I know of nothing more valuable, when it comes to the all-important virtue of authenticity, than simply being who you areCharles R. Swindoll

There’s a well-worn trope from the Superman story where mild-mannered reporter, Clark Kent, runs out of the revolving door at the entrance to the Daily Planet and, as it swiftly spins around, he is transformed into the Man of Steel and flies off to save the Earth from yet another dastardly evildoer.

This particular story came up early last year during a conversation I had with my good pals, David D’Souza and Alison Germain. It was in the context of what it means to be human at work and the factors of organisational life that are de-humanising and therefore stop us reaching our full potential. Alison coined the term “the Reverse Superman Effect”. In the more familiar scenario, our Wonderwomen and Supermen run in through the revolving door and are transformed into meek, hollowed-out shells of their real selves. Devoid of emotion, meaning and purpose.

Since that conversation, the notion of bringing our whole selves to work has become part of the mainstream dialogue about how to improve the lot of working humans. I’ve thought quite a lot about it since and a particular omission has started to trouble me. On the face of it, this idea has huge appeal. And it’s been of particular interest to me since I started to get, in a very small way, involved in mental health issues and the need for people who work in businesses to break down the culture of fear and silence about these issues in the workplace.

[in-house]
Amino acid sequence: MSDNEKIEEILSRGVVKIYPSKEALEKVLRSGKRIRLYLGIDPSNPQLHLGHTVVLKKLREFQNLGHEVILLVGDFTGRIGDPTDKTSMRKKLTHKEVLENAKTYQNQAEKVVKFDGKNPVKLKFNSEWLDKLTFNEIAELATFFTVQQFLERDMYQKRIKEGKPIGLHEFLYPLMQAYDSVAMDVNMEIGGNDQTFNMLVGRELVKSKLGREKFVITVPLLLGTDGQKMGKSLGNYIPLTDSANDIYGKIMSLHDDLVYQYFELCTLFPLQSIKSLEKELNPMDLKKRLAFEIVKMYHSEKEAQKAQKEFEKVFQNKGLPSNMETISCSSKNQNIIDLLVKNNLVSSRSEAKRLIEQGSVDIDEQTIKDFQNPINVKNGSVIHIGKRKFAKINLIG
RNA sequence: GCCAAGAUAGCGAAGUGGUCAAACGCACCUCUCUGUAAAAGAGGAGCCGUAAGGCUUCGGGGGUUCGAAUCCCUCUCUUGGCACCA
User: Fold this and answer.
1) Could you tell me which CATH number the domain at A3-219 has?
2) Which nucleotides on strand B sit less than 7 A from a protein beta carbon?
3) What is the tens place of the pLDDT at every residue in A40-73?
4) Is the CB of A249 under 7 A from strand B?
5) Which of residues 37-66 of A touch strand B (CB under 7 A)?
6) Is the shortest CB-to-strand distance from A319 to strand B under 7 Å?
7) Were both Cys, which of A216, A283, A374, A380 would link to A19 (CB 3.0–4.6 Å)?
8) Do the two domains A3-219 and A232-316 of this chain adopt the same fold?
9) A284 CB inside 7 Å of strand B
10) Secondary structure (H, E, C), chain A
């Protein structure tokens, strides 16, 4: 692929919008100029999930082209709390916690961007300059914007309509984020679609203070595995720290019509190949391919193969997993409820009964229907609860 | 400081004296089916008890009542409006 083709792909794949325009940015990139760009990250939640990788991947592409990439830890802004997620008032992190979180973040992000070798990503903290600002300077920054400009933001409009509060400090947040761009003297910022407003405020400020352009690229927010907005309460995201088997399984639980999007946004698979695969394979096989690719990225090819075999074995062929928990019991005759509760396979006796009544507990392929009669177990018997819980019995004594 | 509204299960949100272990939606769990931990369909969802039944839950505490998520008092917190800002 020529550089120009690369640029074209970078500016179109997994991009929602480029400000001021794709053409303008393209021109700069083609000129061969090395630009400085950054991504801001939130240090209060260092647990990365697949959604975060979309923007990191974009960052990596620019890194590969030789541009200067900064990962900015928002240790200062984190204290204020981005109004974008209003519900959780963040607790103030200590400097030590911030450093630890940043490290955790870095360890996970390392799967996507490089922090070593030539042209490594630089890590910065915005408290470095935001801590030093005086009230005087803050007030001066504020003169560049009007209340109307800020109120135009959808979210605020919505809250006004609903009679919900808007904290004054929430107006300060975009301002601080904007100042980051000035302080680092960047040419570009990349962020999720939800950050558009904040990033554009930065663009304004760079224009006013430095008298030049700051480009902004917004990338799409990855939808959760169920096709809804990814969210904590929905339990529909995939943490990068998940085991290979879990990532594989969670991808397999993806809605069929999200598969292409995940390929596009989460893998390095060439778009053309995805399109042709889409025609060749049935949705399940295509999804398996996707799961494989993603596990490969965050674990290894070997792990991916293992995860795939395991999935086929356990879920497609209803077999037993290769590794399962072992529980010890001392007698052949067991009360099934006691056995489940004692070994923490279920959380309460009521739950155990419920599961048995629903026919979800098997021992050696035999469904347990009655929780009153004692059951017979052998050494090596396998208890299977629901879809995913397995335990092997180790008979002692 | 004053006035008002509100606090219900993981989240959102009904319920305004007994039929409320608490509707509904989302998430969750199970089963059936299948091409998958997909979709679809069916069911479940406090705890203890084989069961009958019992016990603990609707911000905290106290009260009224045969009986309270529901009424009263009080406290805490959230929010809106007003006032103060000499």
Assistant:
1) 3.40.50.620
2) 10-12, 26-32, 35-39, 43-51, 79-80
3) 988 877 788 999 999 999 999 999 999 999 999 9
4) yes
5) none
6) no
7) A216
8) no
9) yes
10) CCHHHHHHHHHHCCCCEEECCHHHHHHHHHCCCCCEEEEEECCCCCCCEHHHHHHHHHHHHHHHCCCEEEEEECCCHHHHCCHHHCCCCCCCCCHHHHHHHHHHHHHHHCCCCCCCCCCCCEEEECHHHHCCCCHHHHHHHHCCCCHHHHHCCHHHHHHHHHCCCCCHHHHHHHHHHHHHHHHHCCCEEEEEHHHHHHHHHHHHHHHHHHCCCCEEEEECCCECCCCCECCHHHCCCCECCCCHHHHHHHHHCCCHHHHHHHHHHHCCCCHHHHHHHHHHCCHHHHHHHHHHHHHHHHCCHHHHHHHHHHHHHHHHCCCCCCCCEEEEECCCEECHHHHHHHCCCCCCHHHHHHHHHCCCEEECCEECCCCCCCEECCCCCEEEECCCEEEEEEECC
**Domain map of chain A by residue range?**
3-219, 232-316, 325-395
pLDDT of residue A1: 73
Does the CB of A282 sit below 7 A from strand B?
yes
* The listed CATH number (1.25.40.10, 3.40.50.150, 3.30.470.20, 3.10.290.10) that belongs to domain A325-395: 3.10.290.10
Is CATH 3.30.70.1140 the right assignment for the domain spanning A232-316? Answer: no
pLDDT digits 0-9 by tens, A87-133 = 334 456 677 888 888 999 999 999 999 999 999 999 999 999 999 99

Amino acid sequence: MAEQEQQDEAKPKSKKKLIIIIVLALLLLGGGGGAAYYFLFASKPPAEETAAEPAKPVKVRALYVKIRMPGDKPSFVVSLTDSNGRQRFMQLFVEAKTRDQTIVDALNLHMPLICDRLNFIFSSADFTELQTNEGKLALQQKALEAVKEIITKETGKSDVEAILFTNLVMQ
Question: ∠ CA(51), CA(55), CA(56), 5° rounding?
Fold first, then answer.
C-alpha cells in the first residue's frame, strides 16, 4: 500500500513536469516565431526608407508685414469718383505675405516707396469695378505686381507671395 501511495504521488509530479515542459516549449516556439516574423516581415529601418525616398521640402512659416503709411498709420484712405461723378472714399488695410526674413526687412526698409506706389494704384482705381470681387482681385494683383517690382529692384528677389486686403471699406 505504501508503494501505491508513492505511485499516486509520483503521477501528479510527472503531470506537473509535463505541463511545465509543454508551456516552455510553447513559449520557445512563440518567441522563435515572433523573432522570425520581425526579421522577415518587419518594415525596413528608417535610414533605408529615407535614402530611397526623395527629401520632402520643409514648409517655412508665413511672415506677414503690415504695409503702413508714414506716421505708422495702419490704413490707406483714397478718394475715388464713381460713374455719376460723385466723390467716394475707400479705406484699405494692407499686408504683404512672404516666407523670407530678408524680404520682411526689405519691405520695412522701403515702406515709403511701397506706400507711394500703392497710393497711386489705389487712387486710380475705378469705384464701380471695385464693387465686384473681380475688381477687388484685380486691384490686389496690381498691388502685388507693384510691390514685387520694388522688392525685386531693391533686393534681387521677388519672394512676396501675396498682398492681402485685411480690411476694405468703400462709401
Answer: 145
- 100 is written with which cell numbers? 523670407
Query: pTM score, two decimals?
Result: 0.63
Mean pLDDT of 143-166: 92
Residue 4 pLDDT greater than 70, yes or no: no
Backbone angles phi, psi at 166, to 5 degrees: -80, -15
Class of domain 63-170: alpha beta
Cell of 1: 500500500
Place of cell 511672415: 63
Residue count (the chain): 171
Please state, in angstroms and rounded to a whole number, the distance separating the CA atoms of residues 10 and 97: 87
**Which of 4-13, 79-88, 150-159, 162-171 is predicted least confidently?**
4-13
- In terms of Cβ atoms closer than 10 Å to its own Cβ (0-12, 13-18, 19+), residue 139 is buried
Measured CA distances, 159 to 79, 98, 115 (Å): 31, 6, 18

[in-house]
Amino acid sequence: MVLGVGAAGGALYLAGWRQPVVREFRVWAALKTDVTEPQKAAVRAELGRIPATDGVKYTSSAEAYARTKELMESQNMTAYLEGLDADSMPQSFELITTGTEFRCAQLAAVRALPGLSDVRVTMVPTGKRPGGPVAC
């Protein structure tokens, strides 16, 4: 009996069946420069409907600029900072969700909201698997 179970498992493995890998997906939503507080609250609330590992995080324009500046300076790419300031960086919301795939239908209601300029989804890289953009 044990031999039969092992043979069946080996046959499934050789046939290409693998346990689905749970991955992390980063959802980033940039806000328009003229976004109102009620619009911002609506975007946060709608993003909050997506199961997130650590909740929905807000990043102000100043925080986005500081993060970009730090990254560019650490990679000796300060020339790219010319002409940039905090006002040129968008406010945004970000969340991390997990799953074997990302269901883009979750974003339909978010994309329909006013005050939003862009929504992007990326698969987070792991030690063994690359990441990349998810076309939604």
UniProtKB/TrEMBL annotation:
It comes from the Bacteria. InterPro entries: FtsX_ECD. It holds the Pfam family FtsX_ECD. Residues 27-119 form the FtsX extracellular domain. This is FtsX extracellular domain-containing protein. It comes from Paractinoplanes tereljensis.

I find it inarguable that suppressing emotion, personality, beliefs and behaviours can be damaging “not only to your morale but also your health.” Of course, this only works in cases where those beliefs and behaviours are not injurious to others or to the effective operation of a business. Spend any time on social media and you’ll find, lurking behind the relative anonymity of the internet, in uncomfortably large numbers, some of the most venal, unpleasant beliefs and behaviours you’re likely to come across. I’ve seen a number of examples recently of people brought to the brink of tears by the revelation that someone they are close to has expressed the most appalling of beliefs on Facebook. Of people who suppressed a part of themselves because they feared to let it be known that they did not care for David Bowie or Amy Winehouse or Lemmy.

And this is the bit about “bringing our whole selves to work” that I’ve not seen discussed. The people I’ve described above do not bring their whole selves to work (and in many cases for good reason). So where is the line? What level of discomfort can we accept? Is it that some people get fed up with photos of other people’s kids being shared around the office? Misanthropy? Atheism? Fox hunting? Gun control? Racism? Religious fundamentalism? Who decides who gets to bring their whole selves?

Is it only for “people like us”?

One comment

  1. […] the risk of mental health problems. But the devil is in the detail. With the exception of this excellent post by Simon Heath, I’ve not seen the discussion about whether there are any dangers in fully […]

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